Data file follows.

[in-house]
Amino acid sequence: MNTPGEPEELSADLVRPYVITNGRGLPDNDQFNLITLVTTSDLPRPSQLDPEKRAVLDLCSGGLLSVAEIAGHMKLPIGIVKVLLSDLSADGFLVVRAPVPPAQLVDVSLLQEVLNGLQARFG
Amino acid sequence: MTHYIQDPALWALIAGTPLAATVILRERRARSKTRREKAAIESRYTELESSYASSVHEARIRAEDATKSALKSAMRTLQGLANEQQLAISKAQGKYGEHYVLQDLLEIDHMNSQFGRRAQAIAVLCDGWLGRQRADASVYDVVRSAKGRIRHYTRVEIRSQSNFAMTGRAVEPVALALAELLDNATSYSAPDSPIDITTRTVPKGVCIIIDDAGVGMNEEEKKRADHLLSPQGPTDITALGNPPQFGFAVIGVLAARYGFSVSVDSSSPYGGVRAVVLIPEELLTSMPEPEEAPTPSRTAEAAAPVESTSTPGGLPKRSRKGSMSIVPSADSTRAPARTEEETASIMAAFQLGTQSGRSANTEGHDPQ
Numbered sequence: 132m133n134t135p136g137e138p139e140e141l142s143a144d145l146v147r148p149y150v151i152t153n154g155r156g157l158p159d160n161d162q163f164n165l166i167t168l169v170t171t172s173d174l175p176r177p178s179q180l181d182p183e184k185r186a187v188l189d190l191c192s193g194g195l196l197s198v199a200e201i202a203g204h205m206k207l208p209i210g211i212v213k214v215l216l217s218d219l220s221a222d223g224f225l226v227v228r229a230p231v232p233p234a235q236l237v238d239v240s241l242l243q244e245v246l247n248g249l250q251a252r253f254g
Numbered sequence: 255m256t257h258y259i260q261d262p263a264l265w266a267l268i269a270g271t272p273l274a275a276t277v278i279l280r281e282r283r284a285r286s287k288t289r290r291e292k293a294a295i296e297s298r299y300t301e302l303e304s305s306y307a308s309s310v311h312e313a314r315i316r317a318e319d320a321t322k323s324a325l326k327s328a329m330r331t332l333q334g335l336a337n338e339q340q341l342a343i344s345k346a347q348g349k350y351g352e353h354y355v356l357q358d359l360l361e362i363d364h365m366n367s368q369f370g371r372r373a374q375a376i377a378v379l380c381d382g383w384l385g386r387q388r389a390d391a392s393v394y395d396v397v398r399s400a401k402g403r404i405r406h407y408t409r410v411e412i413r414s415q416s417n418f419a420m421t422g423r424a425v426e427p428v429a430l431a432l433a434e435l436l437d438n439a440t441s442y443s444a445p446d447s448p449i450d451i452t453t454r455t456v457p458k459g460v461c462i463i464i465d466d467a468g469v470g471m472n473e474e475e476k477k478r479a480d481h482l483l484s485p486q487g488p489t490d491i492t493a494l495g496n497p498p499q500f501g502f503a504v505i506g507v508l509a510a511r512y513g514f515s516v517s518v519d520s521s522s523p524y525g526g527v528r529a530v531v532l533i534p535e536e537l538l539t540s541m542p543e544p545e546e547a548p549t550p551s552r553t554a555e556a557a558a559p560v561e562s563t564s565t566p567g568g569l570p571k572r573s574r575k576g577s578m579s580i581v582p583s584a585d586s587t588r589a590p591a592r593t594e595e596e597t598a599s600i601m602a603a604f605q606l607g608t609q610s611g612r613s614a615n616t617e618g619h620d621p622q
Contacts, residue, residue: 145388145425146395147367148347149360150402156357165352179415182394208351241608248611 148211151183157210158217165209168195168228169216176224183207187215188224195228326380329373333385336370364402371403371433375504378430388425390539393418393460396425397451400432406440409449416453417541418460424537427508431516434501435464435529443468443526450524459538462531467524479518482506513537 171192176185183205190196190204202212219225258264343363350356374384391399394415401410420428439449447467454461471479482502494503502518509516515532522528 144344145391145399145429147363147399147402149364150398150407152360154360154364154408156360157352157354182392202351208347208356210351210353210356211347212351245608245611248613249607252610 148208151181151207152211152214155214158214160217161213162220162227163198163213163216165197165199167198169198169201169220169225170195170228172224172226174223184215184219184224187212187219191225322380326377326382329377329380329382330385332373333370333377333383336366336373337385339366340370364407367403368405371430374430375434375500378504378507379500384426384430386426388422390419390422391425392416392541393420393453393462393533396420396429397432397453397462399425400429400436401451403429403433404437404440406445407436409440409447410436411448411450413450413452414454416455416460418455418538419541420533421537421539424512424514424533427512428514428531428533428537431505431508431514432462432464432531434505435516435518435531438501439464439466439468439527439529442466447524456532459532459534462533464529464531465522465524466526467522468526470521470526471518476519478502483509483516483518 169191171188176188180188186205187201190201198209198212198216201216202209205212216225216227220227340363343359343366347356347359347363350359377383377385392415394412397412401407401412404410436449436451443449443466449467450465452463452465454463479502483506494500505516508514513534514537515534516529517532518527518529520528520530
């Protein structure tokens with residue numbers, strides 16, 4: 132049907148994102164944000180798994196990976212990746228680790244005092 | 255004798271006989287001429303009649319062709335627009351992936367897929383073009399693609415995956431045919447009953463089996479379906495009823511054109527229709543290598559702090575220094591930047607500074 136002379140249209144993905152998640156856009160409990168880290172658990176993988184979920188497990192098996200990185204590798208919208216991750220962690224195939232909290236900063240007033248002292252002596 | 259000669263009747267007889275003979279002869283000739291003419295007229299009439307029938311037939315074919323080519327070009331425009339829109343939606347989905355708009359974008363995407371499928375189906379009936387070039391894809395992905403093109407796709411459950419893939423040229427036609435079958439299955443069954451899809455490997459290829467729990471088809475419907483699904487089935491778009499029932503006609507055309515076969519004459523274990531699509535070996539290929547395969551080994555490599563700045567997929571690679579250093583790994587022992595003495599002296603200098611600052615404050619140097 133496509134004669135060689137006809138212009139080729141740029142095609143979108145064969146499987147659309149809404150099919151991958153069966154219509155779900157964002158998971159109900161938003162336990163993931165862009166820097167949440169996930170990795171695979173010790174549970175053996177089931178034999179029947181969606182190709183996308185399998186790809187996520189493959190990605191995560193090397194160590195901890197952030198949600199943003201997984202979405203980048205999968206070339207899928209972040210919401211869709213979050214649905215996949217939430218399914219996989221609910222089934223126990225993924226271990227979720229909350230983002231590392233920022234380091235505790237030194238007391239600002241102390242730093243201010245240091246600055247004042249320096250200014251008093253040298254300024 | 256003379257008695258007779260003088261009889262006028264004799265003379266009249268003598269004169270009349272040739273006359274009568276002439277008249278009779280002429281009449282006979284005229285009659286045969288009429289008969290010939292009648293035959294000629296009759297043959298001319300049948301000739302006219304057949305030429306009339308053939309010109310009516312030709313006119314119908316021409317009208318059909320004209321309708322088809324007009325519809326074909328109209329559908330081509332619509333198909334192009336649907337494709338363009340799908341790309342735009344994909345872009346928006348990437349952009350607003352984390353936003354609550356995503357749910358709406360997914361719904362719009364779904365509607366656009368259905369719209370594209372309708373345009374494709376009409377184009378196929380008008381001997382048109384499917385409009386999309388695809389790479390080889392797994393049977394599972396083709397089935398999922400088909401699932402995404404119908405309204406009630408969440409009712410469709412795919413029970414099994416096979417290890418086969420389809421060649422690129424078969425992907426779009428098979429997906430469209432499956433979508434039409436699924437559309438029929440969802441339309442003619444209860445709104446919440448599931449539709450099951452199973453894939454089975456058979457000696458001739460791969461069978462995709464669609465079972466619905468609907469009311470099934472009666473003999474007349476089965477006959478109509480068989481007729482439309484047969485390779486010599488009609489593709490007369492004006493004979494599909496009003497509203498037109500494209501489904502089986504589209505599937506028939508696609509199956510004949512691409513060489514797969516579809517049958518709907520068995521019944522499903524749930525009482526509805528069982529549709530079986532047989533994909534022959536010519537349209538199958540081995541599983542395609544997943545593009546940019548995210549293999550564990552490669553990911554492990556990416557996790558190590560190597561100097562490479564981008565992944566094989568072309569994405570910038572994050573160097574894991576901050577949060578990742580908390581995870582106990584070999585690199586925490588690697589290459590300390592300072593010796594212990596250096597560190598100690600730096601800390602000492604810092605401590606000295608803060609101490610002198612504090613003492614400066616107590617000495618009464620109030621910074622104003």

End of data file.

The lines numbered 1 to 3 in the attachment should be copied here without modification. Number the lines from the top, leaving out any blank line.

[in-house]
Amino acid sequence: MNTPGEPEELSADLVRPYVITNGRGLPDNDQFNLITLVTTSDLPRPSQLDPEKRAVLDLCSGGLLSVAEIAGHMKLPIGIVKVLLSDLSADGFLVVRAPVPPAQLVDVSLLQEVLNGLQARFG
Amino acid sequence: MTHYIQDPALWALIAGTPLAATVILRERRARSKTRREKAAIESRYTELESSYASSVHEARIRAEDATKSALKSAMRTLQGLANEQQLAISKAQGKYGEHYVLQDLLEIDHMNSQFGRRAQAIAVLCDGWLGRQRADASVYDVVRSAKGRIRHYTRVEIRSQSNFAMTGRAVEPVALALAELLDNATSYSAPDSPIDITTRTVPKGVCIIIDDAGVGMNEEEKKRADHLLSPQGPTDITALGNPPQFGFAVIGVLAARYGFSVSVDSSSPYGGVRAVVLIPEELLTSMPEPEEAPTPSRTAEAAAPVESTSTPGGLPKRSRKGSMSIVPSADSTRAPARTEEETASIMAAFQLGTQSGRSANTEGHDPQ